Wednesday, May 16, 2007

Weeping Serbian Spruce (Picea omorika ‘Bruns’)

Weeping Serbian Spruce
Picea omorika ‘Bruns’
Pinaceae (py-NAY-see-ay)

Yesterday broke a long streak of consecutive daily posts for me. I wanted to spend some time here but with going to the airport the night before and having to leave early the next morning it didn’t happen. I have been working on a house in Darien that has been slowly upgrading and adding some garden areas. There is a lot of construction going on inside the house and I had to remove some of the landscaping in the front of the house earlier this year. It is the house that I am growing the lone Crepe Myrtle (Lagerstroemia indica x fauriei 'Zuni') I have under cultivation. I did get another request for one and if I go out to Long Island to buy some plants I going to look around for one.

Last year I installed a perennial border below a stonewall in the back of the house. It is bisected by a set of flagstone stairs that lead up to a large patio. At the bottom of the stairs there is a path that leads to the swimming pool. Whenever I do a border like this I try and plant a couple of anchors on the ends and in this case by the side of the stairs. For the edge of the stairs I used Dwarf Blue Spruce, I have forgotten which one but it is a slowing growing cultivar, real blue too (I think it might be Picea Pungens 'St. Mary's Broom'). On the far end I used a Coral Bark Japanese Maple (Acer palmatum ‘Sango-kaku’). Since it is a relatively small tree it works as a specimen. The coral twigs add another season of interest. When I went to the nursery for the perennials I picked up a Weeping Serbian Spruce (Picea omorika ‘Bruns’). It is a cute little tree with weeping branches but an upright habit (if that makes sense). This spring I was doing our usual sprucing by the gardens when I noticed these red cones. They are just beautiful, and really look nice against the greenish-blue foliage. According to Iseli Nursery Bruns Nursery in Germany selected this tree in the 1920’s. They say a 6-10 inch growth rate with a ten-year height of 5-8 feet. I read somewhere else that it has a final height of about 14 feet. Nice addition to the garden, I think and it is a little more interesting than the regular P. omorika 'Pendula'.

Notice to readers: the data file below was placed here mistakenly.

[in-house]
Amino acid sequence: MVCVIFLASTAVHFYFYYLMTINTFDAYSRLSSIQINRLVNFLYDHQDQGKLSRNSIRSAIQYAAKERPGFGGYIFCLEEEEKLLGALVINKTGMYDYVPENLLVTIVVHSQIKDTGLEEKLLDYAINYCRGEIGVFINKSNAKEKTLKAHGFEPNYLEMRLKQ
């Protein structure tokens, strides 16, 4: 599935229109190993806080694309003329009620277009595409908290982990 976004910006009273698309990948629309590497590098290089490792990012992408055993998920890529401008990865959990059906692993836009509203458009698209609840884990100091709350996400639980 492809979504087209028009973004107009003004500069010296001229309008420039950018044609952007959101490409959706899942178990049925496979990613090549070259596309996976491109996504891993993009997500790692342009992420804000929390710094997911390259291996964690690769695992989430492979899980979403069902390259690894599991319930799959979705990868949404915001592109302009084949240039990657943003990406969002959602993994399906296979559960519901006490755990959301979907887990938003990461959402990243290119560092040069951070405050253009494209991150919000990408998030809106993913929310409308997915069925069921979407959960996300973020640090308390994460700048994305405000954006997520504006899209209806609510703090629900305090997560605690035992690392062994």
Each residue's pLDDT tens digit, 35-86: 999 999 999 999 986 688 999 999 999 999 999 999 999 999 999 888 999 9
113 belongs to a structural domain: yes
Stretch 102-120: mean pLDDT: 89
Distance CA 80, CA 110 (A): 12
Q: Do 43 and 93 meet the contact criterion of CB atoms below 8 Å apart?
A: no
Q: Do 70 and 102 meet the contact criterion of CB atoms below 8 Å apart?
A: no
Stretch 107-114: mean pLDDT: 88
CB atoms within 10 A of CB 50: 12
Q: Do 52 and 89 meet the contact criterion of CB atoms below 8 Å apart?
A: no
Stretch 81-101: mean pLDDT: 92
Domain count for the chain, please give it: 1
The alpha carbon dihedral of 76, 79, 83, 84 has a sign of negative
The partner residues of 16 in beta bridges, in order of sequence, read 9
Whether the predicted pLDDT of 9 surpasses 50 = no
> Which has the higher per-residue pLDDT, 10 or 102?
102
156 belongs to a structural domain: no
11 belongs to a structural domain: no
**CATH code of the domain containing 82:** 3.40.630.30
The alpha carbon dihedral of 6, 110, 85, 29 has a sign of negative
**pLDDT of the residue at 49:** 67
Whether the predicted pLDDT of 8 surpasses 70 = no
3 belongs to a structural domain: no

Just for fun I wanted to post a picture from my yard. It maybe the first one. This is a nice Azalea that blooms every year no matter what. I think it maybe a Kurume Hybrid. The color is one of my favorites for Azalea. I like the Kurumes for the compact habit and heavy bloom.

A little news I almost forgot. My Photography is being featured in an on-line magazine from Australia. It can be found at:
New Paradigm Journal

One of my dream trips would be traveling to Australia and New Zealand and I have been saving my frequent flier miles for a business class ticket for several years now. I need just 10k more. So maybe this is an omen. The people at the magazine are real nice and they have an interesting site.

I hope over the next couple of weeks I plan for some introspection about why I am a gardener, what I know about gardening and what I want to accomplish. I hope to be posting some of my thoughts.

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